To avoid this scenario, it is advisable for Primary Care Doctors to screen patients who may fit into the category of G6PD Deficiency: African Americans, Africans, and people of Mediterranean descent. All Primary Care Doctors with patients who fit into any of these categories must call them in for a lab test for diagnosis. A stitch in time saves nine. If this is done, it helps the patient throughout his or her life and more importantly, helps reduce the burden on doctors in the emergency care units fighting to save patients infected with the corona virus.

Patient responsibility
Since COVID-19 is now a pandemic, it is important for people to note that they can help themselves fair better against the disease by knowing if they have the G6PD condition ahead of an emergency. People who are biologically born a black male, are of Mediterranean descent, or have traveled internationally within the last four weeks (and may have been exposed to malaria) must get lab tests done to determine whether they are G6PD deficient. Patients with confirmed G6PD deficiency make their Medical Providers aware of that prior to receiving anti-malaria medication like Chloroquine, Quinine sulfate, along with doxycycline, Cotem, Dapsone, Primaquine and probably more, are harmful to their health. They must take other anti-malaria regimen like Mefloquine and Clindamycin. These medications worked perfectly for me when I became very ill at Inova Alexandria Hospital, Virginia in 2008. I was placed on anti-malaria regimen of Quinine sulfate along with doxycycline after diagnosed with malaria. Thanks to the Internal Medicine doctor on call, Dr. Imindra Rana who quickly ordered a lab test and diagnosed me with a full blown G6PD deficiency and promptly stopped his anti-malaria regimen. He then placed me on Mefloquine and Clindamycin. The swift and aggressive response of Dr Imindra Rana on that case, saved my life as I was experiencing a life-threatening acute intravascular hemolysis due to the complication of G6PD and anti-malaria regimen.

Verma Marie Anan

Verma Marie Anan, a student at the University of Ghana, Legon, (my alma mater), was not so lucky. Her G6PD deficiency was not known or detected prior to and during her anti-malarial treatment in Ghana. She died unfortunately, from G6PD complications.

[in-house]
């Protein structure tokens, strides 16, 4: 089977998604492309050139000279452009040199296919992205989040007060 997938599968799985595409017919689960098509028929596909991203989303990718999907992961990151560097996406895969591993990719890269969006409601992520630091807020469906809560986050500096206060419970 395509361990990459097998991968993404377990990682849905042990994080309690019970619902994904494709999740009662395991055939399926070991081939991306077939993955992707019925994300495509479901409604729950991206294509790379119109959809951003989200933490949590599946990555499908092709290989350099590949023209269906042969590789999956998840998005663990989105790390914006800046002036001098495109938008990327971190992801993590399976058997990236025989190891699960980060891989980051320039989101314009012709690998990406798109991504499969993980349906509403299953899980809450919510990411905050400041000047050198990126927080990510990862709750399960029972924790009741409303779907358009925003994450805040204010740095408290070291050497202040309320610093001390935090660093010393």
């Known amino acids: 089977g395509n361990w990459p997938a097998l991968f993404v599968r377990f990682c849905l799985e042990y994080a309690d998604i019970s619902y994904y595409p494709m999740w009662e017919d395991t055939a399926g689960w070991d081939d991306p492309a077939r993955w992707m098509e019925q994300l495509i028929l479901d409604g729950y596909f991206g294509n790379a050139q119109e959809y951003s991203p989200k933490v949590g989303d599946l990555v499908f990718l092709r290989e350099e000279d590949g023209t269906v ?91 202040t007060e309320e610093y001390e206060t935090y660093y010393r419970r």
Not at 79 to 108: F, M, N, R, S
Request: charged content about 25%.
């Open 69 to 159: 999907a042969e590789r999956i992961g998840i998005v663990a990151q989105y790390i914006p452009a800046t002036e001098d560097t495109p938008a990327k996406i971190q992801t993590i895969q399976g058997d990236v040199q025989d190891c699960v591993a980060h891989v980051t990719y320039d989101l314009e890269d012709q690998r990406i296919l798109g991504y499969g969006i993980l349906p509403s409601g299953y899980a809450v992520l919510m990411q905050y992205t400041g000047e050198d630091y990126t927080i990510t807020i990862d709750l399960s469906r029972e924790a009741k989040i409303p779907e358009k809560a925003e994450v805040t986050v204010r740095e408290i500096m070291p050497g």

Dr Imindra Rana

Affirmative action
There is a silver lining in the gloomy sky though. Awareness is mounting world-wide on G6PD deficiency. If we all play our part, G6PD deficient persons (said to be roughly 200 thousand in the USA alone) should not die or suffer from the complication of G6PD deficiency, when seeking malaria treatment in hospitals. It is my fervent hope that the World Health Organization (WHO) will make G6PD screening available to all affected persons seeking malaria treatment in heavily malaria-infected countries. This action will consequently help save many lives from lack of knowledge on their G6PD deficient status.

As Peters & Van Noorden (2009) put it: when severe G6PD deficiency complicates malaria infections, treatment with Primaquine or Dapsone can lead to life threatening acute intravascular hemolysis followed by anemia and acute renal failure. However, an antidote to unscreened G6PD deficient individuals seeking malaria treatment, in my opinion, is to provide awareness for medical providers, and flood hospitals with G6PD receptive anti-malaria drugs like mefloquine and clindamycin (more so when these drugs are cost effective) —the drugs that Dr Rana used to alleviate my condition.

Furthermore, after this pandemic subsides, inexpensive tests should be made available in countries where malaria is endemic to reliably determine its heterozygous form.

In 2017, malaria deaths worldwide reached 430 thousand. Though there are no available data on malaria deaths due to G6PD complication, the world health organization (WHO) estimates the prevalence of G6PD in Ghana to be 15-26 % (Adu, Simpong, Takyi &Ephraim 2016). This is telling. The West African belt collectively have a high incidence of malaria infection. If COVID-19 pandemic does not upstage the plan, some 6.5 billion US dollars will be spent on combating malaria in this year alone. Maybe —just maybe— the WHO will revisit budgetary allocation and set aside enough from the chunk of money usually set aside on preventive medicine, to now include lab tests to help diagnose G6PD deficient cases. Until then, stay safe and healthy.

The author, Felix Foday Sesay, resides in the USA and holds a Master’s degree in Public Health from American Public University (USA)